When your vision penetrates through and your use of it is clear, you are spontaneously able to turn without freezing up or getting stuck amid all kinds of lightning-fast changes and complex interactions and interlocking intricacies. You do not establish any views or keep to any mental states; you move with a mighty flow, so that "when the wind moves, the grasses bend down."
When you enter into enlightenment right where you are, you penetrate to the profoundest source. You cultivate this realization till you attain freedom of mind, harboring nothing in your heart. Here there is no "understanding" to be found, much less "not understanding."
You go on like this twenty-four hours a day, unfettered, free from all bonds. Since from the first you do not keep to subject and object or self and others, how could there be any "buddhadharma?" This is the realm of no mind, no contrived activity, and no concerns. How can this be judged with mere worldly intelligence and knowledge and discrimination and learning, if the fundamental basis is lacking?
Did Bodhidharma actually bring this teaching when he came from the West? All he did was to point out the true nature that each and every person inherently possesses, to enable people to thoroughly emerge clear and pure from the orbit of delusion and not be stained and defiled by all their erroneous knowledge, consciousness, false thoughts, and judgments.
"Study must be true study." When you find a genuine teacher of the Way, they will not lead you into a den of weeds; they will cut through directly so you can meet with realization. You will be stripped of the sweaty shirt (of the ego) that is clinging to your flesh so your heart is enabled to become empty and open, without the slightest sense of ordinary and holy, and without any external seeking, so that you become profoundly clear and still, genuine, and true.
Then even the thousand sages cannot place you. You attain a state that is unified and pure and naked, and pass through to the other side of the empty room. There even the Primordial Buddha is your descendant, so how could you seek any more from others?
Ever since the ancestral teachers, all the true adepts have been like this. Take the example of the Sixth Patriarch. He was a man from a frontier area in the south who sold firewood for a living, an illiterate. When he met the Fifth Patriarch face to face, he opened his heart and openly passed through to freedom.
The saints and sages live mixed in among the ordinary people, but even so, it is necessary to use appropriate means to reveal this matter that makes no separation between the worthy and the ignorant and is already inherent in all people.
Once you merge your tracks into the stream of Zen, you spend your days silencing your mind and studying with your whole being. You realize that this Great Cause is not obtained from anyone else but is just a matter of taking up the task boldly and strongly, and making constant progress. Day by day you shed your delusions, and day by day you enhance your clarity of mind.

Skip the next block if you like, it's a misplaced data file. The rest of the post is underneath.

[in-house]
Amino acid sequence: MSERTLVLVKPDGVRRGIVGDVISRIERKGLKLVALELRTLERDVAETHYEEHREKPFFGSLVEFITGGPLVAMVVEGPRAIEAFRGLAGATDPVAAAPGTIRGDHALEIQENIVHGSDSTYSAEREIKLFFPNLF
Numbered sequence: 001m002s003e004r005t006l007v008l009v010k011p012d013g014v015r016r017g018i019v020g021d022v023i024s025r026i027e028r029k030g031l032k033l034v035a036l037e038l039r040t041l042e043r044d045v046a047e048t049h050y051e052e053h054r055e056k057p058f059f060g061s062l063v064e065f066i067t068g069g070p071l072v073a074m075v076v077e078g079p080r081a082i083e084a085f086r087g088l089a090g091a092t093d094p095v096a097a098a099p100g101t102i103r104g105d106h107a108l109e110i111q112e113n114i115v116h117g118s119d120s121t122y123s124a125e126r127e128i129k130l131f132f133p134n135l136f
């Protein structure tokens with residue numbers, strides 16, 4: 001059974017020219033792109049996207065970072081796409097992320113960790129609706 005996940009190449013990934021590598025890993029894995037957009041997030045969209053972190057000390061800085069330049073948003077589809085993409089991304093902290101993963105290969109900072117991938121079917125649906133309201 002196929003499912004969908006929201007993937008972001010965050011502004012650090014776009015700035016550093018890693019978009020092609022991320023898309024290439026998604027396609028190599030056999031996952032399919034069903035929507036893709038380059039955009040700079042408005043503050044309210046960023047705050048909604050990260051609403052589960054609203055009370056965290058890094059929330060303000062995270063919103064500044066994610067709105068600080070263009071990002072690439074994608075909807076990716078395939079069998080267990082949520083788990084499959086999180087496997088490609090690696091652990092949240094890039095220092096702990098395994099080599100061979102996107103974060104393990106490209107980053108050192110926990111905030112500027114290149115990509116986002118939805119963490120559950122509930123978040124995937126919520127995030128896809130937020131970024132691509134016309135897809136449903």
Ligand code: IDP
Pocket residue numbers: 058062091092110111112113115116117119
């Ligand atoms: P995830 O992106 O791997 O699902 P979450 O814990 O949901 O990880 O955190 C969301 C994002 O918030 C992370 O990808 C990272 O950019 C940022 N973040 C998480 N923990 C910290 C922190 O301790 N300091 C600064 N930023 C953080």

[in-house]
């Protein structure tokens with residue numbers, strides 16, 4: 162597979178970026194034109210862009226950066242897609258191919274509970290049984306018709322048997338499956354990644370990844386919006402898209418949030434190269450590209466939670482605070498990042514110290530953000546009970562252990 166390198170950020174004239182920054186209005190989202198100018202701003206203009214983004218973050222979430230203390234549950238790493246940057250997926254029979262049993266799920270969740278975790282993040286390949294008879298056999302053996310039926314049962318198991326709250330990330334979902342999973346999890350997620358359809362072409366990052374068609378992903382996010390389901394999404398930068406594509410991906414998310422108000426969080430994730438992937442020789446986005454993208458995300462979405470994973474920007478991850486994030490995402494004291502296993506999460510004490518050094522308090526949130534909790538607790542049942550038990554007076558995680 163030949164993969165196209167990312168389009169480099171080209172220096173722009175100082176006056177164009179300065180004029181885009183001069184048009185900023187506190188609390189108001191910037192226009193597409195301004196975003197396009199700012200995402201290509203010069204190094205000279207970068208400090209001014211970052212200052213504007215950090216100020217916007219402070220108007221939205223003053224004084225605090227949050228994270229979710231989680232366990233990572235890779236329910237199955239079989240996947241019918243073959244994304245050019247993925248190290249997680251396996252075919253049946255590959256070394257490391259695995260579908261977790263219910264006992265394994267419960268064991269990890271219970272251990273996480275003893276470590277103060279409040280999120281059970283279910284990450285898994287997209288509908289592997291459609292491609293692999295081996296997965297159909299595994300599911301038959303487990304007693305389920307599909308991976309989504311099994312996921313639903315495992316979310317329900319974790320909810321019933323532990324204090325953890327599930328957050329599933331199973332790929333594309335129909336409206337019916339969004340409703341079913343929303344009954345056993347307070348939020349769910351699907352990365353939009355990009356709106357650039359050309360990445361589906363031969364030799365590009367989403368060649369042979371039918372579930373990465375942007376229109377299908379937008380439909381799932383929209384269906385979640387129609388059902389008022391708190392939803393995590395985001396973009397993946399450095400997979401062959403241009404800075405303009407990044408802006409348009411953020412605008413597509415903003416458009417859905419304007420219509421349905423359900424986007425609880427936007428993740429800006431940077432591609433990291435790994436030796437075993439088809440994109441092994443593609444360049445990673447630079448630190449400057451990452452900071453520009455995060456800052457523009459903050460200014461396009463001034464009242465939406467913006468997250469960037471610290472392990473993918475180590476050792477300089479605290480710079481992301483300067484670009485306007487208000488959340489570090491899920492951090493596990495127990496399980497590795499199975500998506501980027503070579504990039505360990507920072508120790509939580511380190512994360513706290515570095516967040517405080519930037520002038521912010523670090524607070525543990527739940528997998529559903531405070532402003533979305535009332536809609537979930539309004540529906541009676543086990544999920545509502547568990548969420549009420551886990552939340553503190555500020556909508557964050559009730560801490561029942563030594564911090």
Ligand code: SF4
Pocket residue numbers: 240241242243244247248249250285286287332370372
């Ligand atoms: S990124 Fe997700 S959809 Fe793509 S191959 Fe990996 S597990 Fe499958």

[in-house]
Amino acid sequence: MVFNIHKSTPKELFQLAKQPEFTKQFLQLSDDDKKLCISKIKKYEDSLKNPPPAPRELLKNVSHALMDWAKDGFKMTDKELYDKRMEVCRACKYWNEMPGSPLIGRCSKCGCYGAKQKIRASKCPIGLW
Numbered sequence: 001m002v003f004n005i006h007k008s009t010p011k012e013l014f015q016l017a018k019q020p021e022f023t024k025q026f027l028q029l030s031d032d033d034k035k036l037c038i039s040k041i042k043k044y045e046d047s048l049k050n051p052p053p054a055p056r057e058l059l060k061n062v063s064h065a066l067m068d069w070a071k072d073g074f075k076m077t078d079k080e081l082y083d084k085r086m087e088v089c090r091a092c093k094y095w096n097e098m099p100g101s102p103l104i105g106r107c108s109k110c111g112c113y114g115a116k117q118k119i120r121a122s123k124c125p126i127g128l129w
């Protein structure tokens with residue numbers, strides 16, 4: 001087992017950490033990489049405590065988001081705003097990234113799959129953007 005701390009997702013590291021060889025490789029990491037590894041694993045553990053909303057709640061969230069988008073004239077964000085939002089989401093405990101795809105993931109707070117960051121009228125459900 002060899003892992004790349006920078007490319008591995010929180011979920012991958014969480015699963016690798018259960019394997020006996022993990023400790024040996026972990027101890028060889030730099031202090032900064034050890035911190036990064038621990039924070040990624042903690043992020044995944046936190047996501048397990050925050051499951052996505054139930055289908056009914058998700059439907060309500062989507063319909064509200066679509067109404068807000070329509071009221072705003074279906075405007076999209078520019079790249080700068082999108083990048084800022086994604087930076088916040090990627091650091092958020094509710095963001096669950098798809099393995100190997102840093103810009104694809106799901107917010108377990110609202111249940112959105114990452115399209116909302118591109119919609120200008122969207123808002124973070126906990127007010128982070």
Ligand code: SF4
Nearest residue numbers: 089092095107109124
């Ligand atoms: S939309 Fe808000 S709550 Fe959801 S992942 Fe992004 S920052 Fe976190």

Your potential for enlightened perception is like fine gold that is to be refined hundreds and thousands of times. What is essential for getting out of the dusts, what is basic for helping living creatures, is that you must penetrate through freely in all directions and arrive at peace and security free from doubt and attain the stage of great potential and great function.
This work is located precisely in your own inner actions. It is just a matter of being in the midst of the interplay of the myriad causal conditions every day, in the confusion of the red dusts, amid favorable and adverse circumstances and gain and loss, appearing and disappearing in their midst, without being affected and "turned around" by them, but on the contrary, being able to transform them and "turn them around."
When you are leaping with life and water cannot wet you, this is your own measure of power. You reach an empty, solidified silence, but there is no duality between emptiness and form or silence and noise. You equalize all sorts of wondrous sayings and perilous devices and absolute perceptions; ultimately there is no gain or loss, and it is all your own to use.
When you go on "grinding and polishing" like this for a long time, you are liberated right in the midst of birth and death, and you look upon the world's useless reputation and ruinous profit as mere dust in the wind, as a dream, as a magical apparition, as an optical illusion. Set free, you pass through the world. Isn't this what it means to be a great saint who has emerged from the dusts of sensory attachments?
These letters were written by the Zen teacher known as Yuanwu to various friends, disciples, and associates - to women as well as to men, to people with families and worldly careers as well as to monks and nuns, to advanced adepts as well as to beginning seekers. Yuanwu is best known as the author of the single most famous Zen book, The Blue Cliff Record, a collection of meditation cases with prose and verse comments. Here in the letters, Yuanwu delivers the Zen message in a more accessible form, in direct person-to-person lessons.